Nowak Metro Finance Lab Launch overview
March 21, 2019
Drexel University launched the Nowak Metro Finance Lab on November 14th, 2018 with a workshop focused on analyzing proven institutional models for financing inclusive urban revitalization. The workshop brought together elected officials, public administrators, venture capitalists and researchers to think deeply about how development models might adapt to the evolving global, national and local contexts, attracting reflective practitioners from across the U.S. and Europe. Organized in collaboration with Philadelphia Industrial Development Corporation (PIDC) and City Finance Lab located at BLOXHUB in Copenhagen, Denmark, the event served as a model for convenings the Lab is expected to replicate as it scales over the coming year.
The first day of the workshop explored four best-in-class institutions: the Philadelphia Industrial Development Corporation (PIDC) (and its transformation of the Navy Yard), the Copenhagen City & Port Corporation, Hamburg’s HafenCity and Cincinnati’s Center City Development Corporation (“C3DC”), comparing and contrasting their origins, enabling features, governance structures and financing mechanisms. Mayor Greg Fischer of Louisville offered a keynote address and participants explored the disparate actions that these institutions have taken to resolve common challenges around affordable housing, infrastructure finance and stakeholder management.
The second day of the workshop analyzed how other cities could adapt these proven models by either repurposing existing institutions or creating new ones, using Erie, PA and the recent launch of the Erie Downtown Development Corporation as a case-study to test innovative concepts and attempt to establish a roadmap for the large-scale replication and adaptation of institutional models. The event exemplified the type of collaboration between the public, private and civic sectors that is a hallmark of the Lab’s work to spur transformative redevelopment, capture value for reinvestment and drive inclusive growth.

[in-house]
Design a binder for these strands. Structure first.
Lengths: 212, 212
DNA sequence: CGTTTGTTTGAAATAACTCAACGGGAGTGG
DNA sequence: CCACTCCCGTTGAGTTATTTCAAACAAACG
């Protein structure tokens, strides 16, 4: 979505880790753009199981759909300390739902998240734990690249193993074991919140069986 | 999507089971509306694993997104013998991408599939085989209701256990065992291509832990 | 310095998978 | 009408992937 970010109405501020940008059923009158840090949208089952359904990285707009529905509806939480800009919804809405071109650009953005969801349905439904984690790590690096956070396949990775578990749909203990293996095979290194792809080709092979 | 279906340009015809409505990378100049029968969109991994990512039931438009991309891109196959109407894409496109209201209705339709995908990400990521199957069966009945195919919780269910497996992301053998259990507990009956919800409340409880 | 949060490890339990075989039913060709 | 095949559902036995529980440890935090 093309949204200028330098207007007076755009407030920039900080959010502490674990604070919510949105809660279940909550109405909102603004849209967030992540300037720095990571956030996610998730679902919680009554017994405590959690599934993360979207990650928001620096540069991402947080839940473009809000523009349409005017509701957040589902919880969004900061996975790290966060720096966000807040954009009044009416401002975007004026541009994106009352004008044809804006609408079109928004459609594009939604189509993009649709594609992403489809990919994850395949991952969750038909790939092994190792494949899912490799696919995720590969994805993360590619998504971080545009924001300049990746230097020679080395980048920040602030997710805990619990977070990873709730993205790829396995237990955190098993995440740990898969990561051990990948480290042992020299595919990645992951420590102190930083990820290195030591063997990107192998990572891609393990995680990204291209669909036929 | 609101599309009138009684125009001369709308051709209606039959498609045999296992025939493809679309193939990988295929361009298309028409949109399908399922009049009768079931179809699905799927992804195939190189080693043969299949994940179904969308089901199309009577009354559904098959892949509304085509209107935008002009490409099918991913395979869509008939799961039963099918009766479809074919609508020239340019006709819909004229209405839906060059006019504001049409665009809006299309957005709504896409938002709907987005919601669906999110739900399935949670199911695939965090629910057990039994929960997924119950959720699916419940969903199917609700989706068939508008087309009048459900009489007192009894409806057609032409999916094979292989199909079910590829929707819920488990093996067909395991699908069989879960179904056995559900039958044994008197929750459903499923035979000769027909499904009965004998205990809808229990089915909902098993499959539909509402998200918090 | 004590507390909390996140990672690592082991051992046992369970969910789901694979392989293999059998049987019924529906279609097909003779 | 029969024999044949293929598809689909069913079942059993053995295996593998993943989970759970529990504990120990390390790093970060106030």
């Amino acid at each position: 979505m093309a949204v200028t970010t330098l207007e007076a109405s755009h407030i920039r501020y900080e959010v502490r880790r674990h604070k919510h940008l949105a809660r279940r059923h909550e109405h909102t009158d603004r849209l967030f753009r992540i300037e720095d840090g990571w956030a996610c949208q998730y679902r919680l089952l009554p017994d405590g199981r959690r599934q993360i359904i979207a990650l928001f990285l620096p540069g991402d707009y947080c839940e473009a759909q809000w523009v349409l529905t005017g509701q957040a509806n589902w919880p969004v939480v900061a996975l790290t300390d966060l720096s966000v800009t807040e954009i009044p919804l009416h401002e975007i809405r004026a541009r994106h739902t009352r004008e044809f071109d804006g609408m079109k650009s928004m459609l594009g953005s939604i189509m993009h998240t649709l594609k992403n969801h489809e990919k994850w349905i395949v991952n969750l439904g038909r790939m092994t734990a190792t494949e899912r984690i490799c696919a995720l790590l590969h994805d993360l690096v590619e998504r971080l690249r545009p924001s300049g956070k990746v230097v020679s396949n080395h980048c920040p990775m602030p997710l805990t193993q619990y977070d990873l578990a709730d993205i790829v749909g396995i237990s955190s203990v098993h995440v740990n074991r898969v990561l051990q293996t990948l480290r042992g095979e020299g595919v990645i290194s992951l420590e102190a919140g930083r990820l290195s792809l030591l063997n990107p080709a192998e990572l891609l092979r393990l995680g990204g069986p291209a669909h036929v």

The workshop reinforced the belief that urban institutions are generally created or re-purposed due to deep crisis or external stimuli, often carrying out broad federal urban revitalization initiatives in a deliberate and strategic way. It also emphasized that creating modern institutions will require a new set of market tools and processes that can make the difficult possible. Ongoing and future research studies conducted at the Lab, in partnership with practitioners from around the United States and Europe, will aim to highlight opportunities and strategies for cities to organize how they deploy their own economic development policies and customize those enabling institutions to achieve their goals.